A second series arrived later in 1970, and the show would last into 1971 (it was revived in more or less the same format as The David Nixon Show in 1972), but the formula was set in stone for many a magic show until the likes of The Secret Cabaret, Stuff the White Rabbit or Derren Brown's vehicles proved it was possible to present variations without sacrificing the sense of wonder at a good trick well performed. Nixon may not have been the slickest prestidigitator around, and indeed on this series we see his tricks almost go wrong a few times, but he was professional enough to keep them progressing and smooth over any errors with his naturally affable personality.
These were variety shows, in effect, and Nixon would invite a comedian on to do his act and participate in a stunt, then we would have a singer - Anita was replaced after two series with a selection of stars of the calibre of someone off talent show Opportunity Knocks. Not all the comedians' material stands up too well today, not because it was offensive, but because it was fairly mild, with Dawson probably the funniest among a roster who included Irishman Mike Newman, future 3-2-1 quiz host Ted Rogers, Jack Douglas in his Alf Ippititimus persona (probably the best next to Dawson), and more forgotten funnymen like Ray Fell.
The magic acts on as guests ranged from the sort of thing you would see in cabaret, or a working men's club of the day, with much use of coin tricks, scarves miraculously tying themselves together, or doves appearing from up the conjurors' sleeves, all very well, and to contemporary audiences more acceptable than the trained animals (one act has a whole menagerie). Though perhaps the most impressive was Joe Castor, again, forgotten now but his little doll painting pictures while Castor himself remained utterly invisible had to be seen to be believed - it was gems like that which made this so rewarding to revisit, never mind Nixon's skill in his own setpieces.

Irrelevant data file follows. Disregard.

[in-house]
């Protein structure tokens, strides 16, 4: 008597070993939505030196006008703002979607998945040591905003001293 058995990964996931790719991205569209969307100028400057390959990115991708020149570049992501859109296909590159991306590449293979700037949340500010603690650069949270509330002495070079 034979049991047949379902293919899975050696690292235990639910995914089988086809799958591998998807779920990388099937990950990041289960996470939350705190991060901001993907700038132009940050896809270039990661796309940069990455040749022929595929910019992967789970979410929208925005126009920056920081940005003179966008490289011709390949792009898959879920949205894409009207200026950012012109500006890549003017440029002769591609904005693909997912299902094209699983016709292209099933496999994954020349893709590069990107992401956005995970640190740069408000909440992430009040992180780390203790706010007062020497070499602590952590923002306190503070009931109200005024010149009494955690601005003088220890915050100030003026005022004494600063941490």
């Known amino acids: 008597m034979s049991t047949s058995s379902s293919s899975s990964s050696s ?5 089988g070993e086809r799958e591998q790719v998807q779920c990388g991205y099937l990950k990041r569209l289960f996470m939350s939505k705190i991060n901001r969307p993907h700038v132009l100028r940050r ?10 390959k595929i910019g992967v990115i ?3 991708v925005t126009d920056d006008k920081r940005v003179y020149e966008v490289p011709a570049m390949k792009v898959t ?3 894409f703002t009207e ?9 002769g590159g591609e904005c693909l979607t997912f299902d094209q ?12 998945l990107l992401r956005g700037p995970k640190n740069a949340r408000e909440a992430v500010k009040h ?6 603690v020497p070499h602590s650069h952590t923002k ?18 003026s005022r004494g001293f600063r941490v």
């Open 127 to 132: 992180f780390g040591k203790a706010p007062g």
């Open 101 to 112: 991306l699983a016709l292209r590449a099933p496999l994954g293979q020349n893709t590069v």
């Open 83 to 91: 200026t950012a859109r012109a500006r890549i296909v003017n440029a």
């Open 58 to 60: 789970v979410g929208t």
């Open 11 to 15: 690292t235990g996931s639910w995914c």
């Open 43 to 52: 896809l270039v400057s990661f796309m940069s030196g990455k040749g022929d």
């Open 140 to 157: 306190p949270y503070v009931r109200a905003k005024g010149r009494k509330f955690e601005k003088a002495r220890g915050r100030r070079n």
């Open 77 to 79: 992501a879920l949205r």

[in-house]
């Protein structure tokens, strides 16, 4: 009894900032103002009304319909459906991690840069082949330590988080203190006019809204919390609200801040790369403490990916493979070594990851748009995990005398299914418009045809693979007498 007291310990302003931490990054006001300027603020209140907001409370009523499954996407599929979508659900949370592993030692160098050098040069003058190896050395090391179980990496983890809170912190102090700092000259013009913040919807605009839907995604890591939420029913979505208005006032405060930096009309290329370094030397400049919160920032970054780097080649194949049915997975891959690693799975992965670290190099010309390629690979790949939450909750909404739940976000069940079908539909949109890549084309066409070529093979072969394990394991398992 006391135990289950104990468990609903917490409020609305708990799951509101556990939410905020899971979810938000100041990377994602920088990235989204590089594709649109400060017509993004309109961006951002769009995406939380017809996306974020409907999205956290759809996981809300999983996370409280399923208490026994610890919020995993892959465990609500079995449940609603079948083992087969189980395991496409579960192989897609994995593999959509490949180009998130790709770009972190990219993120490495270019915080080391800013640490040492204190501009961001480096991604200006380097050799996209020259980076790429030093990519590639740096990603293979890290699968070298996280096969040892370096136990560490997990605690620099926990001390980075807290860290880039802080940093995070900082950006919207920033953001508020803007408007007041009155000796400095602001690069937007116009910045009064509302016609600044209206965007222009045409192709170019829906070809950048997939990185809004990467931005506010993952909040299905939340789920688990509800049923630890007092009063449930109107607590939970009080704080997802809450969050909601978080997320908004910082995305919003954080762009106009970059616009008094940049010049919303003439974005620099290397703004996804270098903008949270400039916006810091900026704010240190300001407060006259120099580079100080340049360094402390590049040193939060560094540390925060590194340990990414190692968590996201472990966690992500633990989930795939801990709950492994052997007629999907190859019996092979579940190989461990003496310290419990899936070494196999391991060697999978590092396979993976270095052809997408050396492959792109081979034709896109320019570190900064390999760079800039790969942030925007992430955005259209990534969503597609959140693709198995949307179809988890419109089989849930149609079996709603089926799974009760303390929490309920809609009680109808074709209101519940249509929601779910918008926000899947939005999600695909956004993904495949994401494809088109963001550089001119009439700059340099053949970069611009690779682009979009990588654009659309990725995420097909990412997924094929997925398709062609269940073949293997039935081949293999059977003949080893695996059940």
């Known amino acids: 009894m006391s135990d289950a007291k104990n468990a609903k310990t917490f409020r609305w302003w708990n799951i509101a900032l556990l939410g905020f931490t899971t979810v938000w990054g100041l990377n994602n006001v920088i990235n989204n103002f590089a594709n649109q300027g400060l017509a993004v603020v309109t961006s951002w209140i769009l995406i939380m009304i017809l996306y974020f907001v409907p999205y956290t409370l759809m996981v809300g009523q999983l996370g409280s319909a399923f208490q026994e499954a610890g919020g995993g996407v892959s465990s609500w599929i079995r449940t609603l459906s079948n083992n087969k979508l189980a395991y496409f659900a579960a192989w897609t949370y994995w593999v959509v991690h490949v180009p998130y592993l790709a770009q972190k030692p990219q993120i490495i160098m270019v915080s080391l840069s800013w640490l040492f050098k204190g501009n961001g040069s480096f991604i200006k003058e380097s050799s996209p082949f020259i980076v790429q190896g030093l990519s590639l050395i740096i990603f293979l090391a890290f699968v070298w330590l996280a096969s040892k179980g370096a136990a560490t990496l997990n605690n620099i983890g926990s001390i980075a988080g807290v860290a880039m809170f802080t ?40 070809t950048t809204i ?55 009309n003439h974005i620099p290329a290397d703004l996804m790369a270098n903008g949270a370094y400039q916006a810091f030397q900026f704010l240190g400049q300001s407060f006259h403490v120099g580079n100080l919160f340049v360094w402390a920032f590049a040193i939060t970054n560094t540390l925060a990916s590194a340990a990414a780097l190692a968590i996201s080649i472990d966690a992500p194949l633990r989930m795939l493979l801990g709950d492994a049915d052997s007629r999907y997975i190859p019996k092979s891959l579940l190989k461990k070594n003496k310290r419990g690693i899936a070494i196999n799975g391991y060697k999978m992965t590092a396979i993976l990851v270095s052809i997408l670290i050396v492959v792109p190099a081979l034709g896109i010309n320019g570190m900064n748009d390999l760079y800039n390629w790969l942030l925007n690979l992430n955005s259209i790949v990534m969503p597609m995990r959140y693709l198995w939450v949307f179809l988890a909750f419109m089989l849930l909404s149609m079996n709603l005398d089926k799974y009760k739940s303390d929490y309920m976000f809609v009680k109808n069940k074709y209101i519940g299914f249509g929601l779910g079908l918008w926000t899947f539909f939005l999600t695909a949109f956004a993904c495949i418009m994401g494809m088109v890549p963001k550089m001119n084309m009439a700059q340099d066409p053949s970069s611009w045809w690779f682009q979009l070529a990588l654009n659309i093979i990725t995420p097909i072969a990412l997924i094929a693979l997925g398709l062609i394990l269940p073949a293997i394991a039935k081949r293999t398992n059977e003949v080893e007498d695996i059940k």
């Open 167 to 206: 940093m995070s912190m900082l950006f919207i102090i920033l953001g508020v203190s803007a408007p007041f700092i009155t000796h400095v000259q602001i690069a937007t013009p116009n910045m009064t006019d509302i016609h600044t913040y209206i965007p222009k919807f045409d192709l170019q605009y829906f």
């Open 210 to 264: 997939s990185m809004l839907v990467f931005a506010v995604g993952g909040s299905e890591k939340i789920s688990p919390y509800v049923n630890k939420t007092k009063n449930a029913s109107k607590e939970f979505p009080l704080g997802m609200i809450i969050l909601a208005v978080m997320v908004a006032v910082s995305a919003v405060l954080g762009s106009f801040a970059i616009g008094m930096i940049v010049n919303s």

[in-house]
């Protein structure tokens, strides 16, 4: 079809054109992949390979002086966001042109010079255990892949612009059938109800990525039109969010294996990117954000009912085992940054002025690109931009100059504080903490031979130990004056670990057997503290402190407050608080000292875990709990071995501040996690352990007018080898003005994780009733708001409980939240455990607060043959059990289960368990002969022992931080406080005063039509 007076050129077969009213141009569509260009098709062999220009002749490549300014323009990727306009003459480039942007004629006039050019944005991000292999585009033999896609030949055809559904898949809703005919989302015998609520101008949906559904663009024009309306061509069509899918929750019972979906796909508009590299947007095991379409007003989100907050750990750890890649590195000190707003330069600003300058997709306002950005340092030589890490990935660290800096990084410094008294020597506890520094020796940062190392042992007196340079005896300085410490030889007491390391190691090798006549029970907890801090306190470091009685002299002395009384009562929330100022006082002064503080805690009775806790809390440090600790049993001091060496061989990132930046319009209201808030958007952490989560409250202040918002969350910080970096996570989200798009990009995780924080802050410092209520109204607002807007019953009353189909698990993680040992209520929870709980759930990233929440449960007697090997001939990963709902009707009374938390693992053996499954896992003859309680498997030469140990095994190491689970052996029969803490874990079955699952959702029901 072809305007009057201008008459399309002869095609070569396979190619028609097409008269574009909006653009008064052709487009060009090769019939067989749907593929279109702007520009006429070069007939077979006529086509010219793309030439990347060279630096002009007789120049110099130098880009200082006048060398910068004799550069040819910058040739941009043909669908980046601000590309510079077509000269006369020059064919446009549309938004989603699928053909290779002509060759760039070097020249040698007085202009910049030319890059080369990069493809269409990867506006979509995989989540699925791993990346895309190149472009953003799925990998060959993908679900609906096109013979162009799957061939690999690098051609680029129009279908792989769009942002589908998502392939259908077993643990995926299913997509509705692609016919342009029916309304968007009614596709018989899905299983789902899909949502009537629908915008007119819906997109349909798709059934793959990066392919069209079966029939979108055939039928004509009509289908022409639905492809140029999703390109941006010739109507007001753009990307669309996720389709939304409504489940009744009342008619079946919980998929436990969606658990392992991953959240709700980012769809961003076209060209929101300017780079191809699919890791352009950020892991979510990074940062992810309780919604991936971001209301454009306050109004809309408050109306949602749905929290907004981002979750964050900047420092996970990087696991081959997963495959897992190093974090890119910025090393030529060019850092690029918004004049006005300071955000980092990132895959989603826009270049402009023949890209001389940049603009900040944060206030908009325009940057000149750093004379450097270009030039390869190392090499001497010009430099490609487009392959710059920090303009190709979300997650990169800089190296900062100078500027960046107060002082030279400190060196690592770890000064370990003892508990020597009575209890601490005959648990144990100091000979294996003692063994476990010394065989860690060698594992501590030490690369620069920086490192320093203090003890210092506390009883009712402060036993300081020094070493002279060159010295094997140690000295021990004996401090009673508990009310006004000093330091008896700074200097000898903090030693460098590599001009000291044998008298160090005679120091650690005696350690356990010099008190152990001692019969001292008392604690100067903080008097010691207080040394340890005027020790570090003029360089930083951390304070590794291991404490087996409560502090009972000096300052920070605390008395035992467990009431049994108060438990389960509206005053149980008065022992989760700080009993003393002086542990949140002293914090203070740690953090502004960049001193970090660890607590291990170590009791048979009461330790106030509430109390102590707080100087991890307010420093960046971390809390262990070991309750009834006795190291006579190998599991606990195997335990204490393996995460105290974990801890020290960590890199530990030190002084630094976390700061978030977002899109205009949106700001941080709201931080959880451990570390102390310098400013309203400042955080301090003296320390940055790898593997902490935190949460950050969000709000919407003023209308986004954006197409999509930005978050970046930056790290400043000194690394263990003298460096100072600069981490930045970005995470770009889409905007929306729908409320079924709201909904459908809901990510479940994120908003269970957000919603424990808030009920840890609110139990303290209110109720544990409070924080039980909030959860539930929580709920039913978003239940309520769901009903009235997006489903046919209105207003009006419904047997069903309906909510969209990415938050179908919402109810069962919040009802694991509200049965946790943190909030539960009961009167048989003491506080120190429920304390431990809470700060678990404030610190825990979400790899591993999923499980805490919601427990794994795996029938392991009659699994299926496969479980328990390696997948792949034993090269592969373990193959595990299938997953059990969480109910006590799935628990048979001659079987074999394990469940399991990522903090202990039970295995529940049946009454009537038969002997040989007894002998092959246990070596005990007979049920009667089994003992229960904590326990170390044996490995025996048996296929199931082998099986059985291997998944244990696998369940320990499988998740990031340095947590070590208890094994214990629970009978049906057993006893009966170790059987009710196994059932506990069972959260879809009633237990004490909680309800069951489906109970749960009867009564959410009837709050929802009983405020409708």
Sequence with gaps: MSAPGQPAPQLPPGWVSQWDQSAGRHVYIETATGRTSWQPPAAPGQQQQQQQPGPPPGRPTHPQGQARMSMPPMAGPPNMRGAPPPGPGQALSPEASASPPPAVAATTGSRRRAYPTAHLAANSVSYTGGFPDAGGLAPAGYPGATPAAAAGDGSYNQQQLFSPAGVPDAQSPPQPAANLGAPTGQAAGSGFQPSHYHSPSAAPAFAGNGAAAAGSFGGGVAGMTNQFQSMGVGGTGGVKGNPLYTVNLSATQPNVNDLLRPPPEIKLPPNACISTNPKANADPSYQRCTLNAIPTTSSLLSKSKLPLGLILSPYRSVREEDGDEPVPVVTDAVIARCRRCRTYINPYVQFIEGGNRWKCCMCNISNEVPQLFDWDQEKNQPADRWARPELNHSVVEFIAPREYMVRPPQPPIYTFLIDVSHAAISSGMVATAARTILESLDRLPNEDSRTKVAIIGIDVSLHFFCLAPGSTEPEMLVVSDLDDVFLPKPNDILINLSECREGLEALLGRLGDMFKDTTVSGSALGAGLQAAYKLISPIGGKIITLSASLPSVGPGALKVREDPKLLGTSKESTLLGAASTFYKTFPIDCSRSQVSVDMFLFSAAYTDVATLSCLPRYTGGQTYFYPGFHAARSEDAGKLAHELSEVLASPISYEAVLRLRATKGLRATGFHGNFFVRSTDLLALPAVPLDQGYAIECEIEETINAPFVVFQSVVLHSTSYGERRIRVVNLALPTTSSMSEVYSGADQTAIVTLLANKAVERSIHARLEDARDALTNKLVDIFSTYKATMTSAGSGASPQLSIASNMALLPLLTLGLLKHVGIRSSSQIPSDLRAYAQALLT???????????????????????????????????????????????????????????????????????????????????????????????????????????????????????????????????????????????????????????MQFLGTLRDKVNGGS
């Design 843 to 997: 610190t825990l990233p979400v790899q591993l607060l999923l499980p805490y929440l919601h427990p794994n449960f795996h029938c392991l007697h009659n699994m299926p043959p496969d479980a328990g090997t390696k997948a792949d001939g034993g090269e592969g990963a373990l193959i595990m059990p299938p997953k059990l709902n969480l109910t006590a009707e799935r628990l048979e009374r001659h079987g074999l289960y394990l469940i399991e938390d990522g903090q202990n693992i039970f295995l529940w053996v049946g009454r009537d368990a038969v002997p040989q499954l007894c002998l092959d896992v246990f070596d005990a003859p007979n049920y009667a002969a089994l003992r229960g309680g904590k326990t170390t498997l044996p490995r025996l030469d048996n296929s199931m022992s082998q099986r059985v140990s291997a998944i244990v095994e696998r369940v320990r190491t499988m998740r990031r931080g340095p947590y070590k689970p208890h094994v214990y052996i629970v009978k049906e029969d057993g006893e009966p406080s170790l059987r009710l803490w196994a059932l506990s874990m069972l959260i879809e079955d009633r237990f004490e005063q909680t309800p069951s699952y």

Celebrity the Lovely Aimi MacDonald even did a few tricks herself, presumably coached by Nixon, and reappeared for the two Christmas shows Network have released on a separate disc. The festive treats were notable for featuring the Thames TV theme from its logo transformed into a carol (writer Johnny Hawksworth appeared in one of the other episodes), but also the guests, including in the 1974 effort ventriloquist Shari Lewis and Lamb Chop, a huge act at the time (which may bemuse some now), Lynsey De Paul doing a song (and disappearing) and in the 1975 one, perhaps regrettably from a modern perspective, Rolf Harris (one of two appearances here), though the much-respected clown George Carl's classic act made up for any misgivings, a brilliant piece of mime.
All of this is an absorbing window into a world of showbiz that was the norm for millions of TV viewers and theatre attenders, at the centre of it all Nixon himself, always reassuring that the people he had plucked from the audience had definitely never met him before, talking about the "fluence" and often assisted by Ali Bongo, one of the great magician's trick creators who was present dressed up as footman in the single-monikered guise of Alistair. The only grim element that foreshadowed the fact he would not see out the decade was his occasional cough - Nixon had a sixty-a-day cigarette habit which curtailed his life at age 58, passing away from lung cancer in 1978 after one last appearance with his old foil, puppet Basil Brush. Maybe for that reason, he has been eclipsed by the entertainers to follow, he was resolutely old school and his shows are not much revived, making these DVDs the perfect way to catch up with him now. He was really famous once.
Click here to buy the sets from the Network website.